Well drained level land and hill slopes are suitable for growing pepper. When grown on a slopy land, the slopes facing south should be avoided and the lower half of north and north eastern slopes are preferred for planting: so that the vines are not subjected to the scorching effect of the sun during summer.
Pepper is grown as monocrop as well as a mixed crop. Large scale cultivation of pepper as monocrop is done on hill slopes by clearing jungle lands and planting standards for the vines to climb on. As a mixed crop, it is grown with arecanut, coconut, mango, jack etc. where these trees serve as standards for the pepper vines. Pepper is also a suitable intercrop in coffee estates where the shade trees as good standards for them.
Pepper cuttings are generally planted with the onset of the southwest monsoon. Planting can also be done during the north east monsoon wherever it is regular and well distributed. When pepper is grown as pure crop, pits of 0.5 m cube are dug at a spacing of 2.5 x 2.5 m and Erythrina stem cuttings of 2m length or its two years old seedlings are planted on receipt of early monsoon showers. With the onset of regular rains, 2 or 3 rooted cuttings are planted around the base of the standard nearly 30 cm away. But in the case of coconut and arecanut which have a thick intercoiled root net close to the trunk, pepper cuttings are to be planted 100 to 120 cm away from the tree trunk which are about 8 to 9 m high. Initially, the vines may be allowed to climb on a stick or pole about 2 m tall, which is tied to the trunk in a slanting position. After one year, when the vine has attained sufficient length it may be separated from the temporary stake and the lower leaves may be nipped off. A narrow trench of 15 cm deep and wide should be prepared from the base of the vine to the base of the tree trunk. The vine may be placed in the trench in such a way that the growing tips it tied to the trunk while the other parts of vine is covered with the soil. A small ridge is formed over the trench which should not be disturbed while doing intercultural operations to the palm.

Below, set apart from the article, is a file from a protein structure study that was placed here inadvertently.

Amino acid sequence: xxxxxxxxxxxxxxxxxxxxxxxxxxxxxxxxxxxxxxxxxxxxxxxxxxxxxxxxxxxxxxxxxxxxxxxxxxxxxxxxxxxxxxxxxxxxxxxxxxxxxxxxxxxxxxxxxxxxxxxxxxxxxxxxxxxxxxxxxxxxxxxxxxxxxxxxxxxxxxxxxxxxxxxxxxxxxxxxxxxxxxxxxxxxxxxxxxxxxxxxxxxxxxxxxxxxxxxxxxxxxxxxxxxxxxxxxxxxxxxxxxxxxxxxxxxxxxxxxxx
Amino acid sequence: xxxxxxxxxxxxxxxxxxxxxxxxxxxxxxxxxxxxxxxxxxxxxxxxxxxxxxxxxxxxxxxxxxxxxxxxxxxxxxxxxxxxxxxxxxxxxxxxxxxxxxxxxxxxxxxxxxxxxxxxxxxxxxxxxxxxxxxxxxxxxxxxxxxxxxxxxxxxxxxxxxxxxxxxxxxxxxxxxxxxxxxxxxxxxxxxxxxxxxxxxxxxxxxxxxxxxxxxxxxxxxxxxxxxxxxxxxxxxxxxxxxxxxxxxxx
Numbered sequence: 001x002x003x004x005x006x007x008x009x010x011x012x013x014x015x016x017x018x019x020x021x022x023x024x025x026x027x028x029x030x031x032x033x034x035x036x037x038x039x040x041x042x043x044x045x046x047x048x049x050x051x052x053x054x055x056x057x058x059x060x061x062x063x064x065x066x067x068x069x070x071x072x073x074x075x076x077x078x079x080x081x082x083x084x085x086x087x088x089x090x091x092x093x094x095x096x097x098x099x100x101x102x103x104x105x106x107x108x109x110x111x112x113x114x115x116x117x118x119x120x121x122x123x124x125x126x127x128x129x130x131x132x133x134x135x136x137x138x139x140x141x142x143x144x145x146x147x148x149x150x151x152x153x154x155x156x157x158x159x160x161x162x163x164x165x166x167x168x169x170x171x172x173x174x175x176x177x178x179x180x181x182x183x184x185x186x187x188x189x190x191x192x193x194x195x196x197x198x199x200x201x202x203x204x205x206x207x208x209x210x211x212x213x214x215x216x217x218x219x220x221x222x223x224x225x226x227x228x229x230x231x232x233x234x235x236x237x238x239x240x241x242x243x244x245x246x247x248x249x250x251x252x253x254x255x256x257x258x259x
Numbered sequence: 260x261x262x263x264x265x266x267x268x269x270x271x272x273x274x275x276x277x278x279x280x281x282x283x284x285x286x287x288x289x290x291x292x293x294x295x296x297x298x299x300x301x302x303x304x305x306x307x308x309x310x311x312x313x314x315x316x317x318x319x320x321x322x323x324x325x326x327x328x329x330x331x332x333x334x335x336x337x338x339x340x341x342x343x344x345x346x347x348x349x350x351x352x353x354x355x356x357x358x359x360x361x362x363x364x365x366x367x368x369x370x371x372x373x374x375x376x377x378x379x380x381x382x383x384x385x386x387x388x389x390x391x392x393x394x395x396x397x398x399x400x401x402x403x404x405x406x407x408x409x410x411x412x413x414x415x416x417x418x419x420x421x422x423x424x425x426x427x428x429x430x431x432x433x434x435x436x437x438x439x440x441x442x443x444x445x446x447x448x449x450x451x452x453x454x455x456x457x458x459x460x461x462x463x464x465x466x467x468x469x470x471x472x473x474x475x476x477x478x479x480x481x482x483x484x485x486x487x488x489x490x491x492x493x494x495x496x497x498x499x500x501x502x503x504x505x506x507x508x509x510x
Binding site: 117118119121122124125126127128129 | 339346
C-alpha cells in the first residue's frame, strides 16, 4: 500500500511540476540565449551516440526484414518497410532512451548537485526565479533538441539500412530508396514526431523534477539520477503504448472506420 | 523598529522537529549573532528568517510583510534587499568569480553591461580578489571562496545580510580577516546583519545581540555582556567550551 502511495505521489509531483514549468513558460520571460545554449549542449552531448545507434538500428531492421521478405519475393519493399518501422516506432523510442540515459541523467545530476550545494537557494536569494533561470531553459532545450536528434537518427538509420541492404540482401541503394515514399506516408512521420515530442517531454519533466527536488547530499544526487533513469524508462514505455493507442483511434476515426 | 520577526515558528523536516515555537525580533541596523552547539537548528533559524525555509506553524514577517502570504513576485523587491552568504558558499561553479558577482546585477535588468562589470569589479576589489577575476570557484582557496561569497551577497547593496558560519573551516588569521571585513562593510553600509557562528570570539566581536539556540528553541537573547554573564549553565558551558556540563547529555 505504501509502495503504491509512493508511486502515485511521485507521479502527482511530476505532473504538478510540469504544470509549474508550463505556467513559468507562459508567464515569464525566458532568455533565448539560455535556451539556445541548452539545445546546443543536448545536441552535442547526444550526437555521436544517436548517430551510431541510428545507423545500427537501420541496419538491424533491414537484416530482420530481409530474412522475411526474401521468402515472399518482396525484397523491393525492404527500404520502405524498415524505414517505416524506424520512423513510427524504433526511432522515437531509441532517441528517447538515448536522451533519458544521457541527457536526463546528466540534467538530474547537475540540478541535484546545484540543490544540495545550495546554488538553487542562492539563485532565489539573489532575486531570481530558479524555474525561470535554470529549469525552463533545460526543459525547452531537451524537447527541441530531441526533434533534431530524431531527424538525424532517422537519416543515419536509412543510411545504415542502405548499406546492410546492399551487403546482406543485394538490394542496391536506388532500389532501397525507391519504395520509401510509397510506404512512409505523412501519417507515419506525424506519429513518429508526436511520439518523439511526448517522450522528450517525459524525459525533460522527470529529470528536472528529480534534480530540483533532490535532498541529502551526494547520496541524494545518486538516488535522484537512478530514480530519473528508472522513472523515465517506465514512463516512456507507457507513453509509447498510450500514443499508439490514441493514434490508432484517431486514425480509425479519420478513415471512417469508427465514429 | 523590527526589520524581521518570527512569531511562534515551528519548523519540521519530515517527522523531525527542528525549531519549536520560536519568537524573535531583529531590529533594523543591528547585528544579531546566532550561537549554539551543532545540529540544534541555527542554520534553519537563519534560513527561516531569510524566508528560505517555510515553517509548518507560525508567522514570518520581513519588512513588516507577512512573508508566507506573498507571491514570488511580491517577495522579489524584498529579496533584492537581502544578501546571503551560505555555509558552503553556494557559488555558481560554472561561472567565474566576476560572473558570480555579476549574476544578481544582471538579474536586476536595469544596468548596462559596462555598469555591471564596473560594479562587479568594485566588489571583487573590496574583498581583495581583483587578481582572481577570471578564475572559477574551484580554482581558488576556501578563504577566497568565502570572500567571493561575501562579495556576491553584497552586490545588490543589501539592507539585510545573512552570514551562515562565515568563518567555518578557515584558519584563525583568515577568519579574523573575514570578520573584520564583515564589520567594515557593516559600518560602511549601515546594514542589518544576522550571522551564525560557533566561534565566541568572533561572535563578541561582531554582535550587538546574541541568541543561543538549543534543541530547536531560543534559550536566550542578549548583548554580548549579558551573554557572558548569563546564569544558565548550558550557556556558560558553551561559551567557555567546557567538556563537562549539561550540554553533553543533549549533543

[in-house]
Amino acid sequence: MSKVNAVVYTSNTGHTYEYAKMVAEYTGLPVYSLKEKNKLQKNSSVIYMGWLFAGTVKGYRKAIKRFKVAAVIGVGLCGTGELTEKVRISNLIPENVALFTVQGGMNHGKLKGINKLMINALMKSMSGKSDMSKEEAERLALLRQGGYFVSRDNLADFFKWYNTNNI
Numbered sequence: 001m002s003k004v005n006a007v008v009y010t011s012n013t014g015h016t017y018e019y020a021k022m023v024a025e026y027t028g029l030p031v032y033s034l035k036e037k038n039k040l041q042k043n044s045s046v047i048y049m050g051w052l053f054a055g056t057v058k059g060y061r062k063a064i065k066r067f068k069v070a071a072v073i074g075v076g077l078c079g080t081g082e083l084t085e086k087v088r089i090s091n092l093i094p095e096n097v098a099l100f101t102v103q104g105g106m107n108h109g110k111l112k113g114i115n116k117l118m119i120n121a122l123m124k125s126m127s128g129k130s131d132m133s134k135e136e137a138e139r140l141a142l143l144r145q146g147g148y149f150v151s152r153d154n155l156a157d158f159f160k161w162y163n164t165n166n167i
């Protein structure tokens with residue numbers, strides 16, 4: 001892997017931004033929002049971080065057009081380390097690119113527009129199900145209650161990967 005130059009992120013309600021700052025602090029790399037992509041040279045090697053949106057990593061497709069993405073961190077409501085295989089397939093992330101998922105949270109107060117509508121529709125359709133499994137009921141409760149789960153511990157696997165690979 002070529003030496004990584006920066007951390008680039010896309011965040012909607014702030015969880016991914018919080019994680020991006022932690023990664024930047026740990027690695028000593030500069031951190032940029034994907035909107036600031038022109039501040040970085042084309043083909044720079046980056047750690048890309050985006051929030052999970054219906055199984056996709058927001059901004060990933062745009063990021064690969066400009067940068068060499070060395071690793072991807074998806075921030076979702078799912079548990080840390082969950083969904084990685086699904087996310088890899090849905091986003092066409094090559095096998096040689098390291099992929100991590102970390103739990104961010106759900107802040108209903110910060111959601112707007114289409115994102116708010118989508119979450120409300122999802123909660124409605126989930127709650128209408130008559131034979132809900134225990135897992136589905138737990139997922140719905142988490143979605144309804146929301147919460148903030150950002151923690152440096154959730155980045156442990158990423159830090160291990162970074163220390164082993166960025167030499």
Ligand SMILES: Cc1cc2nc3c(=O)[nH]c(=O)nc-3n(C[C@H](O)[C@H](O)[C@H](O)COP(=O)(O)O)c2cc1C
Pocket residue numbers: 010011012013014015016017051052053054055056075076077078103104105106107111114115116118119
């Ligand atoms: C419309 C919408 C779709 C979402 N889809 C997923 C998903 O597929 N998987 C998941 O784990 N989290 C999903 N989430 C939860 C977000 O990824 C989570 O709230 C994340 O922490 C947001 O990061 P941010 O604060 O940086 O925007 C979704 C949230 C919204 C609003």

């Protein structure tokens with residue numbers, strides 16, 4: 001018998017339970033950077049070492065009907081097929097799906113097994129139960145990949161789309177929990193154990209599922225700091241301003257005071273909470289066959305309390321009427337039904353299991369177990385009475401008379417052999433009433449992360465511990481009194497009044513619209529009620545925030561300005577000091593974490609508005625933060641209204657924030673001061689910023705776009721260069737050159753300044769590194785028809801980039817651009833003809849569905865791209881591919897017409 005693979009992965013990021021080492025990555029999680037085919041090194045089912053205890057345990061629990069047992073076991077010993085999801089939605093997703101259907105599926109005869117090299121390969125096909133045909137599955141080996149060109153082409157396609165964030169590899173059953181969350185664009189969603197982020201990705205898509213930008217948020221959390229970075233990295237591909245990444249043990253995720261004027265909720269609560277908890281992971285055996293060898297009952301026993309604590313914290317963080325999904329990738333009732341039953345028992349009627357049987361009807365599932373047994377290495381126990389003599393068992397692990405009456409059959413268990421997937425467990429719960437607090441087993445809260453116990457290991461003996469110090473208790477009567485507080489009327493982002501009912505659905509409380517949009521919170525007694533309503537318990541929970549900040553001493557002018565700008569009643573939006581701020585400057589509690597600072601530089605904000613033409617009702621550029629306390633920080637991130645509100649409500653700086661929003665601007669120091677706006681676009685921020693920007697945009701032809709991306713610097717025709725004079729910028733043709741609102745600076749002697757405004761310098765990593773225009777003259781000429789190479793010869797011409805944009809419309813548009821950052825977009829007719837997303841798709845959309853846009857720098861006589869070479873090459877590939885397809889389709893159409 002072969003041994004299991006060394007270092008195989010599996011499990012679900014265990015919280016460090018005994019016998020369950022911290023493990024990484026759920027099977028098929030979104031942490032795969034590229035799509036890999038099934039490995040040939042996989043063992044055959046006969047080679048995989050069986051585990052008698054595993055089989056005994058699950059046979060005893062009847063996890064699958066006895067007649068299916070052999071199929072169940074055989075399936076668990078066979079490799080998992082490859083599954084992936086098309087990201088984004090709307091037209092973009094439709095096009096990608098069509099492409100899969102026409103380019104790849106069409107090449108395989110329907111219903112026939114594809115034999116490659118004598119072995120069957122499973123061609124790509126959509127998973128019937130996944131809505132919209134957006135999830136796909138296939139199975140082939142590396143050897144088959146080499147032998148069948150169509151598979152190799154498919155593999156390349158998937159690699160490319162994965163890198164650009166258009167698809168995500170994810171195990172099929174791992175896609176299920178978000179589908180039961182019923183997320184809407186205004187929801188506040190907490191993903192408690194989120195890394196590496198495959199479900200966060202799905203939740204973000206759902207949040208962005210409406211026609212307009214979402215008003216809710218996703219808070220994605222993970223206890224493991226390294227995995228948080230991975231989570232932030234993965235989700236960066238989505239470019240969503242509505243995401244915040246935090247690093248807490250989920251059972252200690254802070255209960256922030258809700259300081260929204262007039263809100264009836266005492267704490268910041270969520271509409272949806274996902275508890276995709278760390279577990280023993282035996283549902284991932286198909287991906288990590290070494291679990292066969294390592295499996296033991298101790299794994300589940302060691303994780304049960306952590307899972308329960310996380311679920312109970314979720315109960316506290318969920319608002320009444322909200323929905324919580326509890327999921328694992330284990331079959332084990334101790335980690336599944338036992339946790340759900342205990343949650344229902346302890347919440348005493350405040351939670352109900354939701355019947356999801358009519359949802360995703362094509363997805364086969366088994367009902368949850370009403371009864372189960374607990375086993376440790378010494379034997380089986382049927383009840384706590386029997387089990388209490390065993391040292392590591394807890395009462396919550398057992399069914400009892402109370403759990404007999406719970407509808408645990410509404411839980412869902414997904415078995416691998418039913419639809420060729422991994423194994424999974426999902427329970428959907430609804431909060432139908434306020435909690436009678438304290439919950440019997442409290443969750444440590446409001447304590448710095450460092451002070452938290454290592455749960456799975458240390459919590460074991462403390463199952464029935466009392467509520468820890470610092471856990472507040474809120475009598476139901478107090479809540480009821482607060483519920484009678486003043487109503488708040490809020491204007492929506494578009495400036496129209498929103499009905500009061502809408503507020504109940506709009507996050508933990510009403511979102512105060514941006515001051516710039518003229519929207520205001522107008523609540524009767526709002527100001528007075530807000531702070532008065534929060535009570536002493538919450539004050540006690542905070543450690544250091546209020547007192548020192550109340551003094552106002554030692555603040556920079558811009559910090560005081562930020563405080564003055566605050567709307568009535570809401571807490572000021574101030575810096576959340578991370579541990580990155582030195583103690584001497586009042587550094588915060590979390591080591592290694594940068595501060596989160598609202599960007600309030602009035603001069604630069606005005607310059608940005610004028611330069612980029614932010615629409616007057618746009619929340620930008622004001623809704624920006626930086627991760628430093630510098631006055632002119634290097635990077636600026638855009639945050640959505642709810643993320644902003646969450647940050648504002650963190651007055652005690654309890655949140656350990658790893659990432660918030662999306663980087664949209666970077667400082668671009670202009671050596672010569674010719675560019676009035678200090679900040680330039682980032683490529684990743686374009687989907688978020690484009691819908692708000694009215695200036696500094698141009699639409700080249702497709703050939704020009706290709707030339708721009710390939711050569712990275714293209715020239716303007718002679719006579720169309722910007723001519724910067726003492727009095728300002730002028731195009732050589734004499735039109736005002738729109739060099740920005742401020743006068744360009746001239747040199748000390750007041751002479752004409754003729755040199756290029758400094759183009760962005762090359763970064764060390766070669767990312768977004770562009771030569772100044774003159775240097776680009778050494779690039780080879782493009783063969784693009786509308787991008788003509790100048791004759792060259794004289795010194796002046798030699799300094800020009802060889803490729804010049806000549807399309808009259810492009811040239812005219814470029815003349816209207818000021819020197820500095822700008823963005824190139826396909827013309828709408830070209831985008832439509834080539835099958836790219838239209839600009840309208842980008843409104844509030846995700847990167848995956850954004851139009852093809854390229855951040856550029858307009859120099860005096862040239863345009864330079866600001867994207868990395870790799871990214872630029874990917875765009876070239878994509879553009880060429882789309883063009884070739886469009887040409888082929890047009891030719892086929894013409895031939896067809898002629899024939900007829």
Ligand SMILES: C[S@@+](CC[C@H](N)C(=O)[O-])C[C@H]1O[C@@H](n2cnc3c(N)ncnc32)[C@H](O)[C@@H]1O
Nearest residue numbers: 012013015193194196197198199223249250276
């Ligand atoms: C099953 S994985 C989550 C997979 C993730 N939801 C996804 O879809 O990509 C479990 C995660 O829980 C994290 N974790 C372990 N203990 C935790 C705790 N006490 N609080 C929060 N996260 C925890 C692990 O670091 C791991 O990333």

As the cuttings grow, the shoots are tied to the standards as often as required. The young vines should be protected from hot sun during summer months by providing them with artificial shade. Regulation of shade by lopping the branches of standards is necessary not only for providing optimum light to the vines but also for enabling the standards to grow straight. Adequate mulch with green leaf saw dust or coir dust or organic matter should be given towards the end of northeast monsoon. The base of the vines should bot be disturbed to avoid root damage.